Stella Alpina


In 2008 I was given Paul Mullis' old R80/7 BMW by Leeky Steve Billing who had inherited it when Paul died. It had endured a hard life and then been parked up in Steve's garage for a while but once I had removed the mouse nest from the air filter and sorted out various other problems it was put into service as my winter bike.

Paul Mullis at the Col d'Iseran and the Three Crosses

A couple of things about this bike troubled me. Every time I rode it I seemed to be seeing lots of gliders shadowing me. Paul had been a glider pilot. I got used to this but the other thing was that I felt the bike had done more than I had. Since 1972 Paul had been a keen Stella Alpina and Safari fan, initially on his R75/5 and latterly on the R80, but for various reasons, mostly lack of holiday time, I had never done it.

In 2013 I decided the only way to sort this out was a trip to Bardonecchia! By this time I was living with Heather MacGregor who incidentally is also Paul Mullis ex!

The Col d'Iseran

Heather joined me on her R1150 Rockster and we took a mainly N road route across France and then over the Col D'Iseran to get into the Alpine mood. We bumped into a gaggle of MZs and Jawas at the summit. From London, they were also heading for the Stella and will feature later.

Never having been to a Stella I had no idea what to expect or where we would be camping. I asked Heather and she said We will go to the railway station, park there and see who or what turns up>/q>. Well, we hadn't even got parked up before I saw Del Cooper, an old friend from the Potteries Phoenix days (now a Mayflower), Nigel Green, yet another Mayflower, then Kenny McLennan and Gus McNaughton, two friends from Scotland. Eventually after lots of the usual banter we were about to go off to the campsite Del had recommended when we saw someone showing far too much interest in the leather tank panniers on my bike. Heather said That's Bert! The Dutchman who had given them to Paul after he found they didn't fit the GS he had bought. It truly is a small world!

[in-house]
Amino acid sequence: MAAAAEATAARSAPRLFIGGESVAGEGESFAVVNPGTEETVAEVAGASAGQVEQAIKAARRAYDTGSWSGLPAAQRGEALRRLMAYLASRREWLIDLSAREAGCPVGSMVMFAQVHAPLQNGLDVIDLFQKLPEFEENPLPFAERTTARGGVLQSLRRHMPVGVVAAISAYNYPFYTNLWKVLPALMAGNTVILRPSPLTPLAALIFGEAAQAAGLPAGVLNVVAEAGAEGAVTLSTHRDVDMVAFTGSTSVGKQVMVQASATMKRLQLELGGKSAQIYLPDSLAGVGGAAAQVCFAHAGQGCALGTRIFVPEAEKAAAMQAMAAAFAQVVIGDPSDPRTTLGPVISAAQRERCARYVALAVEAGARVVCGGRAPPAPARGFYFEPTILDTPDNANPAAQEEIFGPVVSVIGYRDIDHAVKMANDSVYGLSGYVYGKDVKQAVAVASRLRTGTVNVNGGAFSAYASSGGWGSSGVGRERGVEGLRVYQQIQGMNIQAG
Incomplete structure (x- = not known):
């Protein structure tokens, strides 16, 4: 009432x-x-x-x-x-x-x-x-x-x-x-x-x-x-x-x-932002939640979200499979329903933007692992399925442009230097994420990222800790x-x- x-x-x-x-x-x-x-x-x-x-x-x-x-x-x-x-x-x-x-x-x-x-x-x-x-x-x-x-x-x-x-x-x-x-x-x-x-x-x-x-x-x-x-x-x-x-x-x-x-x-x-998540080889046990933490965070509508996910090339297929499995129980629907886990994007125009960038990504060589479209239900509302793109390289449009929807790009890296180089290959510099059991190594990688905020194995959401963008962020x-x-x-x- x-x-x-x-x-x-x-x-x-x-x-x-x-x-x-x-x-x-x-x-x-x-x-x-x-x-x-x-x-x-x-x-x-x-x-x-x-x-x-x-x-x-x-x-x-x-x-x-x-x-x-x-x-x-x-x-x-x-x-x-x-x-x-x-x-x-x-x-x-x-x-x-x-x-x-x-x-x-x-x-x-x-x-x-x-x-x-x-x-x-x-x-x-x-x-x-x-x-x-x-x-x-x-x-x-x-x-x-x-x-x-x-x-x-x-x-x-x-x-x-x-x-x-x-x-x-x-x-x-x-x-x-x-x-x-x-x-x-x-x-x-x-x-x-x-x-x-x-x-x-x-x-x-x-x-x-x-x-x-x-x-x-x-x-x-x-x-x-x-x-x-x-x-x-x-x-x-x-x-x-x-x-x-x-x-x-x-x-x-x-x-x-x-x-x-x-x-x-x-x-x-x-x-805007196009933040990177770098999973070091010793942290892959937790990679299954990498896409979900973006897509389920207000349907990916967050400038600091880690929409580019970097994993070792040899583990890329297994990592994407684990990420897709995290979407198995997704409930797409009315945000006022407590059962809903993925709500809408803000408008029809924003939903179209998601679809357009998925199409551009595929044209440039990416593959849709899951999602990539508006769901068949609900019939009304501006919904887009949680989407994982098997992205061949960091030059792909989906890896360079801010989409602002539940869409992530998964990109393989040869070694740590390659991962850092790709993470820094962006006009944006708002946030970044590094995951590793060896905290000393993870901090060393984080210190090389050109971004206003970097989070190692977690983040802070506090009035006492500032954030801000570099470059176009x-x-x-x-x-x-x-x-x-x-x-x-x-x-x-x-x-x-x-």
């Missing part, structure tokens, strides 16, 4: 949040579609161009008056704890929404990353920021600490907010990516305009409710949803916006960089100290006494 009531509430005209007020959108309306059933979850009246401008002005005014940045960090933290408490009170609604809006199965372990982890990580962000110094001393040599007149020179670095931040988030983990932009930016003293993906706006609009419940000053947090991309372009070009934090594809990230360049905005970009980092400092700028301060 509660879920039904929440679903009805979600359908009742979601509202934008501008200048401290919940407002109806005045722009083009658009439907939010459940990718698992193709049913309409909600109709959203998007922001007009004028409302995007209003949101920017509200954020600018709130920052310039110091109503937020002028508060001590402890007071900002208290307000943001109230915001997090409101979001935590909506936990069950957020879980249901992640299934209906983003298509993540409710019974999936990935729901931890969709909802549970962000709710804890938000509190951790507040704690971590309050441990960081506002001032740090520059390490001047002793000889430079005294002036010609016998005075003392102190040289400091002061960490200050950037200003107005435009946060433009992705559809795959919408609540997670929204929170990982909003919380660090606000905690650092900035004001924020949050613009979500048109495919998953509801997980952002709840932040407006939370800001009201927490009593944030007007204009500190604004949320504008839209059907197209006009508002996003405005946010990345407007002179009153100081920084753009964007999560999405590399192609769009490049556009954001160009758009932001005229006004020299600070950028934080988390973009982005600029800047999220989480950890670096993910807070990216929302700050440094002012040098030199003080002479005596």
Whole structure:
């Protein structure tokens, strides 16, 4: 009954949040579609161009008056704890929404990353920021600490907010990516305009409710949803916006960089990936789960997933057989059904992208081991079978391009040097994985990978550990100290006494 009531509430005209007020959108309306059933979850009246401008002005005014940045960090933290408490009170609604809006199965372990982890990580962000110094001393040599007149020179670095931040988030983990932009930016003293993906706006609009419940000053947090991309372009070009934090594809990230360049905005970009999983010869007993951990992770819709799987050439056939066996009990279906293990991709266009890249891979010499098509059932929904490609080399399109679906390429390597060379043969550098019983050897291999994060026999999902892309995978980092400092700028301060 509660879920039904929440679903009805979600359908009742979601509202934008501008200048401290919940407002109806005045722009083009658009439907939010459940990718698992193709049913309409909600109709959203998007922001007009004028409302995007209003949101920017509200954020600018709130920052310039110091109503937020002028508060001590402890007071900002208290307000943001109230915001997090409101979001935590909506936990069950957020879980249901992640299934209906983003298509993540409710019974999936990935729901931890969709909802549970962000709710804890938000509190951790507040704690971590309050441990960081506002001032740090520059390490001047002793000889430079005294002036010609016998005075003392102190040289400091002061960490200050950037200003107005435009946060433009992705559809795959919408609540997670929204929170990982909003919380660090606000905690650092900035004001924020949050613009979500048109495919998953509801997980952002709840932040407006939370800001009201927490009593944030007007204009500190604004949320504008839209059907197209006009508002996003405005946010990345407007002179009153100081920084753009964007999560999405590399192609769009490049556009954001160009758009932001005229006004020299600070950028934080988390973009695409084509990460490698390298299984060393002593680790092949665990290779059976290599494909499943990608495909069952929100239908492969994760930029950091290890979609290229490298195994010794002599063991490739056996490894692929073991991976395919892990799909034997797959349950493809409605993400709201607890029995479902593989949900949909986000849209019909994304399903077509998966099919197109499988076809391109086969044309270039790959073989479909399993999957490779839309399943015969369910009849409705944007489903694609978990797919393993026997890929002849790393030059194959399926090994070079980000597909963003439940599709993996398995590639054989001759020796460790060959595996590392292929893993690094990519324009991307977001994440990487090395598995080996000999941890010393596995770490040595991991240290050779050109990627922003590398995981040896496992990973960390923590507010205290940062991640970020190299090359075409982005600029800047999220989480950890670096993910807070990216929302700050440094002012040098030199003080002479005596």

When we got to camping Beaulard Heather met up with a couple of WIMA friends she hadn't seen for years. Are we really hundreds of miles from home?

The next morning back down at the railway station cafe we were fortunate enough to meet up with Mario Artusio who invited us that afternoon to the lunch that he used to organise for the safari participants. So that filled the day in nicely.

Heather doesn't do off road if she can help it so on Sunday we were two up for the climb up the Col de Sommellier to collect our badges. It was warm and dry and a bit crowded but dust was the main problem. Badges, buns and stickers collected we continued up as far as was possible in the snow to admire the view.

On the way back down we caught up with the MZ crew again and I picked them off one by one but for the leader who saw me coming and upped the pace. I have to admit I couldn't pass him, at least, not without taking both of us out! We got down in double quick time. We later heard that one of our club members with a 1200 GS had had a slight off and removed his panniers to get up for his badge. But, as he said They're not really suitable for this sort of thing, are they? What??


Monday was safari time, again two up. I thought I was being brave but then Taffy (Fred Hill) passed me on his immaculate R100RT. There was a good turnout of airhead GS's. We had a day of incredible scenery, the pictures say it all. The final part of the day was down a series of 50 or so hairpin bends back in to the valley. I thought Del was taking strange lines round some of the corners but when I quizzed him about it he said he had electrical problems and had coasted down to save his battery - Wow!

The safari ended at an ice cream parlour on the road back to Bardonecchia, all courtesy of Mario.

We had to move on the next day as we were due in Epernay to try out some champagne at the FIM rally and complain about the lack of toilet paper! Maybe I'll carry on and write that one up too but anyway, that was that with Paul's bike. I felt I had done all I wanted to with it so in 2016 I passed it on again to my stepson Fish and it's still in regular use and still in the family.

- Ted Trett